For students grades K-8, NASA has a STEM@home site full of science and engineering activities to keep young minds challenged. Make an ocean you can eat, run through the A-MAZE-ING Women of STEM, construct a balloon-powered rocket, or engage in a number of other activities, including coloring and reading.
“Smart Fun for Kids” from the Library of Congress has a few ideas, too. Record family history on StoryCorps by downloading the app, find copies of rare children’s books to read aloud, and who can resist creating an “exquisite corpse” bit of writing? (According to the description, “This is a game in which players construct a story by stringing together disconnected sentences or phrases. It creates a ‘Frankenstein’s monster’ type of tale, hence the ‘corpse’ moniker.”) Find all this and more at The Library of Congress.
From Atlanta, we have live streaming puppet shows on “Center for Puppetry and Arts.” See their Facebook page for a schedule.
The Smithsonian’s National Museum of Natural History offers virtual tours of exhibits both current and past. Stroll through their permanent exhibit (site map included), or cruise through the former fossil hall full of skeletons and ancient sea life. Have your kids look for the camera icons that offer close-ups, like the ones in the Mammal 1 exhibit.
Shakespearean sonnets, read by Patrick Stewart, will surely keep you strong in mind and spirit.
Yale is offering a free online course, “The Science of Well-Being,” starting March 28. You can audit for free, or opt to pay for a certificate of completion.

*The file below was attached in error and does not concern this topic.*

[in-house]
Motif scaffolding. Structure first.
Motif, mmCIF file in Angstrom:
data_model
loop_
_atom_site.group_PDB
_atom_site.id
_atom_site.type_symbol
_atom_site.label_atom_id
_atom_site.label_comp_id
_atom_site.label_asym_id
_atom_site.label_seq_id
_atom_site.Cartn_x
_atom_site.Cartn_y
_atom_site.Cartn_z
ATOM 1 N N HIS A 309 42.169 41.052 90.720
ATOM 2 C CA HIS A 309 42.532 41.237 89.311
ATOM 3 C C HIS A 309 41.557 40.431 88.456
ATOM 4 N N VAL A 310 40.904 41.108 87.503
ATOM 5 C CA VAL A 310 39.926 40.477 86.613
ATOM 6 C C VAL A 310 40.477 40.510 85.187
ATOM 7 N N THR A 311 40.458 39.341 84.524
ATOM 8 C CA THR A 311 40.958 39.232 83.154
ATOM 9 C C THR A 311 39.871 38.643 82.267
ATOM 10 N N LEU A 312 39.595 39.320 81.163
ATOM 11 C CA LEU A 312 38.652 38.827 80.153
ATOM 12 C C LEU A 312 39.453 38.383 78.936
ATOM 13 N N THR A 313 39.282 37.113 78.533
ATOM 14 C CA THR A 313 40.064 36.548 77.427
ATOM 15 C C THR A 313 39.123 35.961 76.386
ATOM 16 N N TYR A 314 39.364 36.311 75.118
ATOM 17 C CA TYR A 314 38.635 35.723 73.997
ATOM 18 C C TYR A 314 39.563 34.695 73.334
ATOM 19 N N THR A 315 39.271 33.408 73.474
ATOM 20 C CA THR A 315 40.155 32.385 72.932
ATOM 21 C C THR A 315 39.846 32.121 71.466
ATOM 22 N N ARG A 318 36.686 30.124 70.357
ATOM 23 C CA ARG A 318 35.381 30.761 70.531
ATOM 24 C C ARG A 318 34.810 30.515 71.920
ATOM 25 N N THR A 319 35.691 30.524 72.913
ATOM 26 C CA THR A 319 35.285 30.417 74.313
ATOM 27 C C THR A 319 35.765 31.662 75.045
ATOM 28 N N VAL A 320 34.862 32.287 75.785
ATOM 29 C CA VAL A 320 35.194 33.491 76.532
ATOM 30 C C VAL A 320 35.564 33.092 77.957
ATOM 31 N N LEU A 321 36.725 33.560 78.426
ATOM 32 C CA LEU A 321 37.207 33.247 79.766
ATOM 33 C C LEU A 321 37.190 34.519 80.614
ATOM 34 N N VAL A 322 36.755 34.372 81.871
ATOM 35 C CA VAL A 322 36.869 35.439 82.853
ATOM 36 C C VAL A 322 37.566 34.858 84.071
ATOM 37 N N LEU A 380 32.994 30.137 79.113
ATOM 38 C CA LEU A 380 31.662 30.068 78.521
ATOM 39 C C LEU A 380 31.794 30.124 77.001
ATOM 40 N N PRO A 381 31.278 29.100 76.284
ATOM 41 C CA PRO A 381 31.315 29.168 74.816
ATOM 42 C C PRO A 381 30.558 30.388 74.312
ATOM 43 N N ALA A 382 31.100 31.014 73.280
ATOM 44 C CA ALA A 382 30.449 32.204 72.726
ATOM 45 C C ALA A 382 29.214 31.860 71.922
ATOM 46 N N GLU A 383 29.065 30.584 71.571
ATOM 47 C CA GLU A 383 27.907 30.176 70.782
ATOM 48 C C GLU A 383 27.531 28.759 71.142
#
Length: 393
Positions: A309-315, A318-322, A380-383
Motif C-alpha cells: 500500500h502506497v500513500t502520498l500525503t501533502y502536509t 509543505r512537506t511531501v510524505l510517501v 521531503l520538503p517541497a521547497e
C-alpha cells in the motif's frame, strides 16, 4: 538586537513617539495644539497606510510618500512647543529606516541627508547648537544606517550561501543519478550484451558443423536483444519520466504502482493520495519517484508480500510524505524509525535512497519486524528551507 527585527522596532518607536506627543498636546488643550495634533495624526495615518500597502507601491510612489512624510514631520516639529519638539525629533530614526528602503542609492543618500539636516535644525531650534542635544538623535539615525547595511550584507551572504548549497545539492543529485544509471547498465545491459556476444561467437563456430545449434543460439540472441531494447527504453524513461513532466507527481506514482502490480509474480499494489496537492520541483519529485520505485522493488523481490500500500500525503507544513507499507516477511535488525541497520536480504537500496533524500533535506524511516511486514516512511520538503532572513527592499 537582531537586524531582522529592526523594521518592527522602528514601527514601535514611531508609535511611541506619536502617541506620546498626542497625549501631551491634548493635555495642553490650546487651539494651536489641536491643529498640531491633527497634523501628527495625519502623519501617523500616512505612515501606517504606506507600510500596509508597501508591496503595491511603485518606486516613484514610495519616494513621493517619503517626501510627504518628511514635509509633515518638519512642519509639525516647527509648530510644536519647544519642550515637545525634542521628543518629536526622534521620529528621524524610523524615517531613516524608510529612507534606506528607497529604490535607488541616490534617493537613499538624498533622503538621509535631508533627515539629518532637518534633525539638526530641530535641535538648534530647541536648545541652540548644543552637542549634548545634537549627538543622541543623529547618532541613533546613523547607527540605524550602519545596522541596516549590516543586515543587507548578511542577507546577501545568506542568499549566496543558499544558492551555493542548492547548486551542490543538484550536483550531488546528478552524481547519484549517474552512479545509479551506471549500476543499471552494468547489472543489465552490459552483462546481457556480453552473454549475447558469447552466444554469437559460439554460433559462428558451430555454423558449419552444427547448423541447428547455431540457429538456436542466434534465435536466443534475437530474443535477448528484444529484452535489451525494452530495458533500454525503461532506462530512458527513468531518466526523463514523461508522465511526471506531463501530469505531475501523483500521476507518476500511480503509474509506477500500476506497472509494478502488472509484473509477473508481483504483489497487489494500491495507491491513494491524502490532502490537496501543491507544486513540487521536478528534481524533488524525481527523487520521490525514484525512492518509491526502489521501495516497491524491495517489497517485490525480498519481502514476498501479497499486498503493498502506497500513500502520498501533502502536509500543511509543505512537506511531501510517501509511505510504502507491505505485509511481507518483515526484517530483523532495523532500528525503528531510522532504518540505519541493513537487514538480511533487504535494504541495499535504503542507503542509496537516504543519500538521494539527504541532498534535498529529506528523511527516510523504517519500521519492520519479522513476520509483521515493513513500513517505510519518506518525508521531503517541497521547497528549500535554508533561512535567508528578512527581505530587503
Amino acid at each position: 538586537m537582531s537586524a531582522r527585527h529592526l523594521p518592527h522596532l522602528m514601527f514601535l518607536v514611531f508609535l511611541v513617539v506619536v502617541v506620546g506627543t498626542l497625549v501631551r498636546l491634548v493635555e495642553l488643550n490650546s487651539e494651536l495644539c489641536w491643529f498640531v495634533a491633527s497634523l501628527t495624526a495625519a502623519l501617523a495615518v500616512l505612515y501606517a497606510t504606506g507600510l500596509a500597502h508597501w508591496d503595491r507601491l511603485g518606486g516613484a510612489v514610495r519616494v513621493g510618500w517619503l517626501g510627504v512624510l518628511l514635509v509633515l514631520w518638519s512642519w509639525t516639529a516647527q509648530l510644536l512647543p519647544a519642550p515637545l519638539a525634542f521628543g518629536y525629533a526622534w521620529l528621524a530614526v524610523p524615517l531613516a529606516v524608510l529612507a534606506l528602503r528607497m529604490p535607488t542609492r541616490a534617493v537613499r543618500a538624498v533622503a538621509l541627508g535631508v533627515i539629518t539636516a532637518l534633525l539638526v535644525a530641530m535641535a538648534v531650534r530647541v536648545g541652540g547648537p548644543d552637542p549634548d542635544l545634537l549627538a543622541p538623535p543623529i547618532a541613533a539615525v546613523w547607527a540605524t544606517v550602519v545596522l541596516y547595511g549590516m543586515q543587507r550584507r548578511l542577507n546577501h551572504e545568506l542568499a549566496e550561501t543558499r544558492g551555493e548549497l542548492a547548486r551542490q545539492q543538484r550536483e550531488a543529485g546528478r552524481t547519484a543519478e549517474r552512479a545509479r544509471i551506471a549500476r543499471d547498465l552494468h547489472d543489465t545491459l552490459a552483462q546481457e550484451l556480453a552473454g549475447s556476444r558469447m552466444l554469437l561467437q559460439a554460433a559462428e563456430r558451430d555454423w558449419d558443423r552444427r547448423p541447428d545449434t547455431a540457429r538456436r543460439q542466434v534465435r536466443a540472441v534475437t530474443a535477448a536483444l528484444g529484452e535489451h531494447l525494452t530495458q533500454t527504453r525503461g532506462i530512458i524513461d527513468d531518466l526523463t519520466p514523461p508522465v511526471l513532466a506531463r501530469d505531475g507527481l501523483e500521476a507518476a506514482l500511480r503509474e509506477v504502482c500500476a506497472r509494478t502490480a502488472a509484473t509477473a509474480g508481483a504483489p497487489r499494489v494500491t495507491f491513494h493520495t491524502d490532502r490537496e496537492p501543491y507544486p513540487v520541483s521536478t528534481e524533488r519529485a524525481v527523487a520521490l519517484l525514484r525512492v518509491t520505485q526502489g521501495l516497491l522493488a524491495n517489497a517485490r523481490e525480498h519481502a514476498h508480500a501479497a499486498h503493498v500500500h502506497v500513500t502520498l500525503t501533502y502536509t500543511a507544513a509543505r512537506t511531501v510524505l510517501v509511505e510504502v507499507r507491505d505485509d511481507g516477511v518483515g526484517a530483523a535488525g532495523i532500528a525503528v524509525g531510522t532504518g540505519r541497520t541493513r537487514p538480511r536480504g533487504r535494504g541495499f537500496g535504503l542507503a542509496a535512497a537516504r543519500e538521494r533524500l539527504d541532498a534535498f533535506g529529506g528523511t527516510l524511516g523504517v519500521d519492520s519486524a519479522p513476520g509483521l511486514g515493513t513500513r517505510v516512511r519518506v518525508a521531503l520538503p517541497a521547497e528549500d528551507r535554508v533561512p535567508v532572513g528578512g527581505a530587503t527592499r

The Library of Congress has a crowdsourced volunteer opportunity for history voyeurs. This is your chance to read and transcribe historical letters that need to be digitized for the library’s archives. It’s a collaborative project that allows you to select your own letter campaign and work at your own speed. The atmosphere is supportive, there are checkers and reviewers, and a forum to discuss the process: https://crowd.loc.gov/.
Got a library card? Here’s another reason libraries rock: Free streaming films, documentaries and more at kanopy.com, or through your library website. All you need is your library card number.
Feeling spaced-out? Get grounded with NASA’s image and video library online: https://images.nasa.gov/.
Take the family, or go alone, on a 360-degree virtual tour of “The Hidden Worlds of Our National Parks,” with Google Arts and Culture.
Explore.org offers some quiet time with their live nature webcams. You get to spy on everything from puppies and raptor nests to beehives and tropical reefs. Use it as background noise as you’re working; it’s soothing.
For teachers: Maine Public and PBS are offering free teaching and learning resources at PBS Learning Media.
If you’re missing live music, check out the “Together, At Home” live music series by various artists; search #TogetherAtHome concerts.
You have until Tuesday, March 31, to register for 30 days of free access to The Berlin Philharmonic’s library of concerts. There is no obligation in registering, and the process is explained here, or go directly to the digital concert hall and redeem a voucher.
The Metropolitan Opera has a free stream: A different encore presentation daily from the Met’s “Live in HD” series free on the web, with each performance available for a period of 20 hours, from 7:30 p.m.-3:30 p.m. the following day. Go to Nightly Met Opera Streams.